Pastor Villa's Page




Did you know we have another brother named Raymond? - about George's age, maybe a year younger. I remember meeting him. Pop brought him around to Fox Street. Pop was showing him off, I guess, and comparing him to George. I remember George took a sip of wine from someone's glass that was laying around - maybe a teaspoon full. (For a short time, mom would buy wine by the gallon- Manashevits Muscatel. She was normally not a drinker.) Pop didn't want his son to be outdone so he offered little Ray a sip. Ray wined and refused. Pop was annoyed. George was maybe 4-6 yrs old. I understand we have other brothers and sisters we never met! I think Pop was like Johnny Appleseed, sewing seeds all around.

I remember a story Rachel told me years ago. Rae stopped to talk to some working women in pop's neighborhood (she liked to talk to perfect strangers). They were telling Rae about this old man that all the girls ran after and fought over when he came on the scene because he paid so well. Suddenly someone hollered, "there he is!" It was pop! I never asked Rae how SHE reacted, but I would have been MORTIFIED!

Another memory from Rae about dad: he would take the kids out for a walk, sometimes in a carriage; (the precurser of the baby stroler) , and go visit his girl friends. She said he would sometimes leave the carriage at the front steps in the care of her neighbors while he visited. Those must have been the times when mom would hit him over the head with a frying pan when he got home.

I also remember, on the rare occasions when he visited us at St. Agnes (boarding school). He would always ask us for 3 numbers each. What he would do was to bet those numbers. In fact, I understand he would make “book” in the numbers racket. That is, he would take and place bets. When we would go to visit him in the cigar factory where he worked, workers would come up and hand him a couple of dollars. He would give it all to us, but I think what he was doing was taking bets. I don’t recall dad making any real money in the numbers racket. I think it was more like a hobby: like the modern day game pool at work where you put a dollar into a pot and choose a score for each team. Whoever gets closest to the final score of the game, wins the pot.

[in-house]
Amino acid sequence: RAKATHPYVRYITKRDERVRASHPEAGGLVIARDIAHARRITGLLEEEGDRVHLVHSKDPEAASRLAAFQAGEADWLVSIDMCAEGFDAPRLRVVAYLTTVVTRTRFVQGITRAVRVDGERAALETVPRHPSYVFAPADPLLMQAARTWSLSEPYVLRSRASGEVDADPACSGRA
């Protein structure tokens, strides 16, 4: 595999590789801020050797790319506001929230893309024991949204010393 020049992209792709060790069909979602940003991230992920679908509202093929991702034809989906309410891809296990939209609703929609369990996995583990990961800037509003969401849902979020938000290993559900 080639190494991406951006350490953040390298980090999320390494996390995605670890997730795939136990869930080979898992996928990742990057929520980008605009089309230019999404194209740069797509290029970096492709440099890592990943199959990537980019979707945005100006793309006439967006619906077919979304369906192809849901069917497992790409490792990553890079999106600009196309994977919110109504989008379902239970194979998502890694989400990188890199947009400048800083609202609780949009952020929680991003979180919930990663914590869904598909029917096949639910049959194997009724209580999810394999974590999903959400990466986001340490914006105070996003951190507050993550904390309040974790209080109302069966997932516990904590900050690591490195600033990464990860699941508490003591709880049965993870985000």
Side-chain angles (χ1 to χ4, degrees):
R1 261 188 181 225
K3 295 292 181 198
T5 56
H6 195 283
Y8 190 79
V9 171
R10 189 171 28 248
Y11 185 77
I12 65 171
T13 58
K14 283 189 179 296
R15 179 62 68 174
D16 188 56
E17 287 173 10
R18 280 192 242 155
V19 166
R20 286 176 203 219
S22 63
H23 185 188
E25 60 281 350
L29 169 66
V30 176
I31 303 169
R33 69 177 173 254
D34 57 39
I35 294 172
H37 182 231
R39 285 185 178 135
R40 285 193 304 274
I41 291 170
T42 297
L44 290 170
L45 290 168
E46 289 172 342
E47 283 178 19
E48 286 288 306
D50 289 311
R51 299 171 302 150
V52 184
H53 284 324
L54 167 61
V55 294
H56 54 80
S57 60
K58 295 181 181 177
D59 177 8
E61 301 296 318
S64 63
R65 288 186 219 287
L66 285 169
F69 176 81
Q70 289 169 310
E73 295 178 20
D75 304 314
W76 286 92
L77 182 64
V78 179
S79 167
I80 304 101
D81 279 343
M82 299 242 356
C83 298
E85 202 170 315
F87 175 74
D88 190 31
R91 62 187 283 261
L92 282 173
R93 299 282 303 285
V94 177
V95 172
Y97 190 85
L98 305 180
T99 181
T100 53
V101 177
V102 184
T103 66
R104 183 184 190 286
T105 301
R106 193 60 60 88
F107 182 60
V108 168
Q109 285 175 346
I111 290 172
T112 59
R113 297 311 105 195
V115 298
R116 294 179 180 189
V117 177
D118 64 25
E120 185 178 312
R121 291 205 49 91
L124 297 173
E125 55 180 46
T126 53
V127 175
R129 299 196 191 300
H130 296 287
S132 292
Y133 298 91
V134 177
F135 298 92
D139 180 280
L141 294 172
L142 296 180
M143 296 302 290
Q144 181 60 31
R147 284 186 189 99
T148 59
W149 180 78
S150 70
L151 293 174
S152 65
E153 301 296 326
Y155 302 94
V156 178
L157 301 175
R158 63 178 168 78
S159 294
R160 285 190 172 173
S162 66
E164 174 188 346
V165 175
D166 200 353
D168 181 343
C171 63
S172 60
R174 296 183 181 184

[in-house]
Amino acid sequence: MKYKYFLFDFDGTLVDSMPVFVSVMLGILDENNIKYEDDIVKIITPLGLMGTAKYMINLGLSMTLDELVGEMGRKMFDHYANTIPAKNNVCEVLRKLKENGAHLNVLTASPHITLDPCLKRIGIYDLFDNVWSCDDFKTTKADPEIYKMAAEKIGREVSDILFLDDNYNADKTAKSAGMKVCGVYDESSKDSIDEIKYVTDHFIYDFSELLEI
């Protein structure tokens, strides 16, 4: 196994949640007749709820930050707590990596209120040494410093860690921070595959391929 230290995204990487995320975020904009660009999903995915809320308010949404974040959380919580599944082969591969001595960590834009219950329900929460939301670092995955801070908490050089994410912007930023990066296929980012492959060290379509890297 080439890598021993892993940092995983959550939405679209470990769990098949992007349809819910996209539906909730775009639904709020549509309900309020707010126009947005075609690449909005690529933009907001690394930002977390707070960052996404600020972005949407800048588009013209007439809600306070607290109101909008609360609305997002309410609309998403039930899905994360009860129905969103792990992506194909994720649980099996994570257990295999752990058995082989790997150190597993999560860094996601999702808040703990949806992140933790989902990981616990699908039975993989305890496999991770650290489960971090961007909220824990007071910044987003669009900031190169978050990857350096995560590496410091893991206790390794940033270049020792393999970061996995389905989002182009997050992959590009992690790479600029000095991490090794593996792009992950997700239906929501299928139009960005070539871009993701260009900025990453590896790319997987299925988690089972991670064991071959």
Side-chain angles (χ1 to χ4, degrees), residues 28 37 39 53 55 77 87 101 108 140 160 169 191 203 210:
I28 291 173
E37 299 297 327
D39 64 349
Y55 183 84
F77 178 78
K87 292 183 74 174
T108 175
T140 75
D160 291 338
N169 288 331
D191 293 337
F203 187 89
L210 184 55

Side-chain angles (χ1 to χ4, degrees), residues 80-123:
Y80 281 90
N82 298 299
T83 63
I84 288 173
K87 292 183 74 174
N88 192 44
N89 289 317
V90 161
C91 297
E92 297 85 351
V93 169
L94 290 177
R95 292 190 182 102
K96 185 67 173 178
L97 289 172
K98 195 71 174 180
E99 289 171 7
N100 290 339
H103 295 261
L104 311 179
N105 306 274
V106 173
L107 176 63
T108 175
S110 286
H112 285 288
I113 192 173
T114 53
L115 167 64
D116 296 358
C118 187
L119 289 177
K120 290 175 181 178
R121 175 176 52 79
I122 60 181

Rae told me about times when he would hide out at home, leaving through the fire escape when certain people came around. Supposedly, he would collect bets, but wouldn't always turn the money in so, occasionally, someone would win and he wouldn't have the payoff money. This is pure conjecture on my part. There could have been a different reason for this action. The old man was a colorful character.

I remember pop used to have his own way of calling us kids such as "oye cara susia" (hay, dirty face!), or when he was irritated, "oye, cara mielda" (hay, sh_t face!).


Yes, Popi was.... He did run the numbers.... I also gave him numbers to bet.... Yeah, he was a cheater.... Mom, just didn't play games.... I think I got that from her. I should have hung out with him more.


Although pop would go out the window when certain people came looking for him, it wasn't out of fear. He would leave instructions that, when anyone knocked, we were to ask who it was before we opened the door. If there was going to be trouble, pop would slip out the window and go two blocks to the Social Club where his friends hung out. They would come back and take care of business. I remember him punching and kicking, and even some bottle throwing. Pop was no pushover.

The Social Club he belonged to was named, "Perla Del Sur" (Pearl of the South). They had their own baseball team, they played cards and dominos and they held dances, among other things. Pop danced with all the women. Mom would sell "Pasteles", and beer was sold. I would help sell beer although I wasn't even supposed to be in the club at all.